1. When I say “1-2 page paper” I mean at least a full page of double spaced, 10 or 12 point type. 

2. A proper essay consists of an introduction, a series of paragraphs, and a conclusion.  Think about the question before you start writing.  Expect that you may have to revise the essay a couple of times along the way.  Few students can write a serious essay like this in twenty minutes. 

4. I will be grading your weekly essays both on content and writing skills—and my expectations will increase as the semester passes.  Content is most important, but I do expect complete sentences and coherent writing.  I will be putting some helpful guides to writing up on Blackboard.

5. A poor weekly essay is way better than not turning one in at all.

CWI E-mail and Blackboard Accounts
All registered CWI students receive a college email address and Blackboard account. Every course at CWI has a Blackboard component.  It is the student’s responsibility to access both accounts regularly to avoid missing important messages and deadlines.  Please access Blackboard both to keep up your grades, see announcements, as well as any additional online reading assignments.

Drop Policy

It is the student’s responsibility to drop the course.  Students are responsible for adding and dropping courses.  At the end of the first week of class, faculty may perform faculty initiated drop for non-attendance.  Beyond the first week, it is the student’s responsibility to drop any course he/she does not intend to finish.  Students who stop attending a course without filing a drop request will receive a grade of F.

Special Accommodations

Students with disabilities who believe that they may qualify for accommodations in this class are encouraged to contact the One Stop Student Services Center and discuss the possible accommodations with an Enrollment Specialist.  If you have a diagnosed Learning Disability, please initiate this contact as soon as possible to ensure that such accommodations are implemented in a timely fashion.  Please contact the One Stop Student Services at 562-3000 or Room 107 – CWI Main Campus.

Suggestions for Success

  1. I strongly encourage you to take notes in class.  Even if you never read your notes later, writing information down helps most students to retain information more effectively than if you only read it in the assigned readings, or hear it in lectures.
  2. Read the assigned pages the weekend before the week for which they are assigned.  Remember that the quiz each week will cover material assigned the previous week.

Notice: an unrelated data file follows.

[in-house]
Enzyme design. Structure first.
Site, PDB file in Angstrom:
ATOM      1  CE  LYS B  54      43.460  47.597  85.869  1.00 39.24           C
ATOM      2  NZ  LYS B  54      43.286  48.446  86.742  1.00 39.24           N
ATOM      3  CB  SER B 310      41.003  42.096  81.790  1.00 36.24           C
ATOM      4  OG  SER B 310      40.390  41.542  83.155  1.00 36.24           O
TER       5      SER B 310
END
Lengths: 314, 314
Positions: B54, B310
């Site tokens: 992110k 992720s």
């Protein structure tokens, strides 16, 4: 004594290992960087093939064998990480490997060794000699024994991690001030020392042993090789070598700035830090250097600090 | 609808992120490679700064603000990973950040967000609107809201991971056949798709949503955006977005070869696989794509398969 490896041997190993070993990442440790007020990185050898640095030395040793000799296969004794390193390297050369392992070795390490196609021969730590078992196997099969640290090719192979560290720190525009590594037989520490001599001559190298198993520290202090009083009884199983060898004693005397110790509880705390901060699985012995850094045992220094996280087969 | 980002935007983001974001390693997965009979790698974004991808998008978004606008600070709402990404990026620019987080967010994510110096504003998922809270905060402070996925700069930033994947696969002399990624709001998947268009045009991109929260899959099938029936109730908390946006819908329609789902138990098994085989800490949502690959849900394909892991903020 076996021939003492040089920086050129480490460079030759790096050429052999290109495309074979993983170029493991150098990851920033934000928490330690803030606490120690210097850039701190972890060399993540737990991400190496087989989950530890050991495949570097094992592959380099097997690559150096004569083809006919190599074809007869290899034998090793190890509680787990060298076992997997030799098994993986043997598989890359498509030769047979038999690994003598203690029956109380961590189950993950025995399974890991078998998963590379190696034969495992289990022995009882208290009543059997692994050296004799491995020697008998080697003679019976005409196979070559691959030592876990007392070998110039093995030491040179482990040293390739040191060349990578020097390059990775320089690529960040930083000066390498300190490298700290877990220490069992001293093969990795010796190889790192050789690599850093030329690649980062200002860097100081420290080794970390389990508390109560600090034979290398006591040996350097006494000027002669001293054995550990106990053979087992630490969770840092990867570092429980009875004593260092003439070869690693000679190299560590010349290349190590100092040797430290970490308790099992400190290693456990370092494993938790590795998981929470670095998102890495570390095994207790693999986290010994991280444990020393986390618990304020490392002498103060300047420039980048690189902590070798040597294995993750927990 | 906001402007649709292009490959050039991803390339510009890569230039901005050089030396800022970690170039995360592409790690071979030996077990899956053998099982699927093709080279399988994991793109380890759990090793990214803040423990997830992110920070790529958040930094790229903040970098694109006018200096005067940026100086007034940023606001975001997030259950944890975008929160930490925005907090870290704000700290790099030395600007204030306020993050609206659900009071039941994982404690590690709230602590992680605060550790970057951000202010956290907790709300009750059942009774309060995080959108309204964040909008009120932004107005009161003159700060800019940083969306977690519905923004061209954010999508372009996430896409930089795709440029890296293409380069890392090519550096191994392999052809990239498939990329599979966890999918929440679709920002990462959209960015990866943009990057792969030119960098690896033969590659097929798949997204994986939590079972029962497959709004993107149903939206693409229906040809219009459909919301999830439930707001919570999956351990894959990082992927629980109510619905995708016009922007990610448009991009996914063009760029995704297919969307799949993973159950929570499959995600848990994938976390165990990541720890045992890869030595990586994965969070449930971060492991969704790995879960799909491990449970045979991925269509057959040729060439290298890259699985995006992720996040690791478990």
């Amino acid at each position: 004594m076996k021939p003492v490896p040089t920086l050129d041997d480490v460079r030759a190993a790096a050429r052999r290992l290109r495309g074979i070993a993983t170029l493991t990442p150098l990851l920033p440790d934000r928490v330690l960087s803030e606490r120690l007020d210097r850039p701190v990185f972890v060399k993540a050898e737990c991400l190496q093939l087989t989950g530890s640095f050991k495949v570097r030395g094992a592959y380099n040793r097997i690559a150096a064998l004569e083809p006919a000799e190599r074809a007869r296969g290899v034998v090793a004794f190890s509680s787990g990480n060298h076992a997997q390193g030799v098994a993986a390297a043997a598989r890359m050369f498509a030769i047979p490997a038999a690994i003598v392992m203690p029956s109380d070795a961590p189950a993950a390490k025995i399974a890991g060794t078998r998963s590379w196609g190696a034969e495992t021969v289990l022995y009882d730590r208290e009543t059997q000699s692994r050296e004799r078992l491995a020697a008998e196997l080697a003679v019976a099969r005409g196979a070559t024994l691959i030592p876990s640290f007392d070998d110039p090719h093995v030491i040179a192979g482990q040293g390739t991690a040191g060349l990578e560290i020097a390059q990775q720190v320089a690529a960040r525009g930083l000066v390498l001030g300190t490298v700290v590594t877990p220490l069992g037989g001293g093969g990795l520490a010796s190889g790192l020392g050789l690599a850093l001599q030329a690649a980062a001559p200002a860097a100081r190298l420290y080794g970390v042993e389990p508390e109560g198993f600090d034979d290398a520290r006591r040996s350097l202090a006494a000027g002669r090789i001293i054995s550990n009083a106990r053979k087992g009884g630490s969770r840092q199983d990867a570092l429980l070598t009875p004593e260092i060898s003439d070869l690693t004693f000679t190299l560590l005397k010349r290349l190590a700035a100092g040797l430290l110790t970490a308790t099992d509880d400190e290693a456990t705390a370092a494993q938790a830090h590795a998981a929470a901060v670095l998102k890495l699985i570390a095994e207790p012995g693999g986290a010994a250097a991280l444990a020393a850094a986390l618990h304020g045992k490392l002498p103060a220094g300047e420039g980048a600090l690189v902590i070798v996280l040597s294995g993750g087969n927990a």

3. If parts of the reading confuse you or raise questions, write down your questions and ask them in class.  Even if the questions do not appear on the quiz, wrestling with the material helps to make it stick in your memory more effectively—which has to help your grade.

Course Calendar

Week #
American Promise
5-30, 35-46, 62-65
Why History Matters; Study Habits; Indian America;
The New World
Ch. 3
17th Century Southern Colonies
Ch. 4
17th Century Northern Colonies
Ch. 5
18th Century Colonial America
Ch. 6
Colonial Crisis
Ch. 7
Ch. 8
The New Republic & The Constitution
Ch. 9
Crisis & The Character of George Washington
Ch. 10
One Party Rule
Ch. 11
Ch. 12
The West and The Free North
Ch. 13
The Slave South
Ch. 14
The House Dividing

Thanksgiving Break
Ch. 15
The Civil War
Ch. 16
Finals Week
Final Exam (cumulative, of all material covered in the course)


  1. Clayton,
    This is the next to last sentence in the "quizzes" paragraph: "Quizzes will be multiple choice because there are objective facts that you need to need [sic] about American history."

    From the syllabus' content the course appears to be a worthwhile lower division class.

  2. Course Objectives: #7...and social developments of the war.

    Course Calendar: Week #15... Reconstruction

    Getting a little lost on this one Professor. Do you mean the social developments of the War during the War, or social developments due to the War?

    I'am kind of thinking that #7 might have been:...and social developments in the reunited United States of America following the War.

    Now for some satire from Jon......

    Oh yea, one more question to you Professor. When you lecture on the 13th Amendment, are you gonna talk about the original one that Mr. Lincoln threw in the trash can during the Civil War?

  3. "A poor weekly essay is way better than not turning one in at all."

    Are you sure you want to put it that way when you are telling the students that writing style will form a key part of their grade? I'm not saying I haven't written a syllabus like that, but when you are teaching engineers you tend to get pretty generous in your definition of a coherent sentence. :-)

    You've got a pretty interesting period of history to be teaching here. I don't see much on the War of 1812, though. I don't mean that as a slight since I can't see the details, but difficulties the Federal government faced in waging that war with the balance of power between the Federal government and the states helped to diminish the power of the Jeffersonian view. In many ways, that war changed the character of the Federal government forever and probably made the Civil War inevitable.

  4. Thanks, "need to need" should be "need to know."

    As much I as I want every student to do a good job, even a poor job is better than nothing, from a grading standpoint. Practice also helps.

  5. The course objectives, alas, are provided by the department. They aren't perhaps as clear as they could be.

  6. Clayton, others have caught the typos I saw, so a general comment:

    This sounds like a great class, and I'm sorry I can't attend.

    Will your lecture notes be available on the web?

    Is the "compact" edition of the text useful? Do you know what it doesn't include?

    And thank you for replying to my earlier comment.

  7. Would it be possible for you to post the weekly question here on the blog, after your students have answered it, for discussion amongst us?

  8. Yes, I suppose that I can post the PowerPoints each week, and the weekly question.

  9. I'm looking forward to it; thank you.

  10. There is a glitch in the sentence

    "The average student... preparing for class,"

    Everything from "The average..." to "for class" is inside an anchor tag, except the second "s" in "class".